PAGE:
So the team set about developing a retail concept that would highlight the broad range of window options available for Hancock Lumber customers without overwhelming them or pushing them down a predetermined path. The resulting “Home Again” design features an educational experience that puts customer comfort and knowledge ahead of the product he or she might select. “The consistent look of the display ‘window walls’ helps to unify the products rather than having the individual manufacturers’ displays competing for your attention,” explains Dillingham. “It helps keep the visual noise down and allows for a much more calming experience when looking at the various product lines. In this manner, we are able to present more than 30 different windows and doors in one location.”
Pulling on its long history in lumber and timber, the Home Again concept starts with a log cabin feel to the showroom. Although it is located in one of the busiest retail shopping locations in Maine, the interior space encourages visitors to relax and focus on the task at hand, Dillingham explains. “The showroom was developed to be a destination for homeowners needing replacement or new construction windows and doors, kitchens and baths—all under one roof,” she says. “The displays are set up so that anyone, no matter what their level of experience with windows and doors, can comfortably look at the many styles, choices and options.”
 From the warm welcome at the door to the high-tech selection process, Hancock Lumber offers a comfortable, not intimidating, experience.
While 60 percent or so of the Home Again traffic is homeowners, the showroom also caters to builders and architects who bring clients in to review window and door package options. “There are multiple levels of who might use the showroom on any given day,” Dillingham says.
In addition to highlighting many different product lines, the leadership at Hancock Lumber also wanted to make the showroom and sales experience low-pressure and highly transparent. One way they accomplish this is with technology. All of the window and door specialists working the showroom are equipped with laptop computers that connect easily to large, flat-screen TVs mounted to the walls. Homeowners are invited to take a seat on comfortable leather couches while the sales associates facilitate an interactive decision-making process. “Everyone’s looking at the design, the color options. If they’re going to a Web site, they’re doing it together,” explains Hancock. “That transparency and engagement makes for a different buying experience for the client than the traditional model in a window and door shop with a seller sitting behind a desk.”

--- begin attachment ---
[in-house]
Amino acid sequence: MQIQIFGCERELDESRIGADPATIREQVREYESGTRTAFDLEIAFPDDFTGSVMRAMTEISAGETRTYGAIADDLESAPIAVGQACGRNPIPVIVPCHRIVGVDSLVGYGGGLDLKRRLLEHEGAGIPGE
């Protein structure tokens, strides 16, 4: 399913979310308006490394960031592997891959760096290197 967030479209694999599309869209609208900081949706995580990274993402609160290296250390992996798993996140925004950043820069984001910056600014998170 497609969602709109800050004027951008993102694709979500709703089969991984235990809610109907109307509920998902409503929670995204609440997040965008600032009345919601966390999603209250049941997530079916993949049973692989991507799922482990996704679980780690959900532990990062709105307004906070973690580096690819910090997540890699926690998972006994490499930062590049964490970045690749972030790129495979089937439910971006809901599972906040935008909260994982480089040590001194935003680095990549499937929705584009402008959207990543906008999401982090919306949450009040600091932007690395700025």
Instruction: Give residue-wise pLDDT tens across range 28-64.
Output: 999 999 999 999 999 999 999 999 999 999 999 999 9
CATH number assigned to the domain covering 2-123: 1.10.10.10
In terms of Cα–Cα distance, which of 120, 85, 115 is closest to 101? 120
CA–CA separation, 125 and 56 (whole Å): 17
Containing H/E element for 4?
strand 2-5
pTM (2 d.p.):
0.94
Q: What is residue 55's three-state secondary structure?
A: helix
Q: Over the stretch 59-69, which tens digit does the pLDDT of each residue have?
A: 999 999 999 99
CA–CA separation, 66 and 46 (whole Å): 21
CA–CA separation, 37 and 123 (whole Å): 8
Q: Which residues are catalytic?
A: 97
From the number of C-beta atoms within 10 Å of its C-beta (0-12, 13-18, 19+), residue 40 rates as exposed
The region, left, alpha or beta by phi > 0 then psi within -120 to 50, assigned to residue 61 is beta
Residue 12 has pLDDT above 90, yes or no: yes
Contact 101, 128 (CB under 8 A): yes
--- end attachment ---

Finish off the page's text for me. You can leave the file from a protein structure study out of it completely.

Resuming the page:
The Home Again location was opened in April and celebrated with a comprehensive grand opening marketing campaign. The company made a considerable investment in new branding initiatives, television and radio commercials and several grand opening events.
“The long-term position for our business is to make windows and doors a bigger part of who we are,” Hancock says. “The Hancock Lumber brand and our other business segments—we’re going to take care of you with your lumber needs, and that’s a given. But we really want to invest our energy with our customers to grow the window and door segment for the future. We see opportunity there and we like those product categories. They’re important to us.”
Hancock acknowledges that investing in this comprehensive a division definitely took some careful planning and financial consideration. But he believes that launching Home Again in a down economy allowed it to make an even more powerful splash with customers. “You definitely have to be committed to the idea to launch anything new in this economy,” he says. “I think you’re able to create more attention to a major initiative that you launch now because it sends a very powerful message to your employees and your customers. They say, ‘Wow, this company is serious about this.’ It would be very easy to sit on the sidelines right now.”
Launching Home Again this year seems to have had the effect for which the Hancock Lumber team was aiming. “The state of the economy was not seen as a negative, but rather as a positive in this initiative,” says Rhys Stucker, territory manager for Norwood Windows. “With new construction down, and a multitude of economic issues, homeowners are faced with having to remodel their existing residences. Recognizing this market opportunity, Hancock Lumber created Home Again to provide an educational design center in a one-on-one, upscale environment for this group of customers, their architects and builders.”
"An investment of this magnitude in a challenging market sends a strong message that Hancock Lumber is in it for the long term," says Jay Lund, president and COO of Andersen. "I applaud them for having both the vision and courage to do so at this time in our industry. The showroom is really part of a broader segmentation strategy that supports their ultimate goal of growing their business by focusing on their customers and providing the products and services they need for any application."
Looking to the future, Hancock says it’s possible the company may recreate the Home Again concept in other markets. For the time being, however, the team will focus on its primary Southern Maine market. “If that’s the only outcome and we do it well, it will be very satisfying,” he says. “That’s our real focus right now.”
Click here to read other 2010 Dealers of the Year articles.

Contact Christina Lewellen, senior editor, at clewellen@glass.org.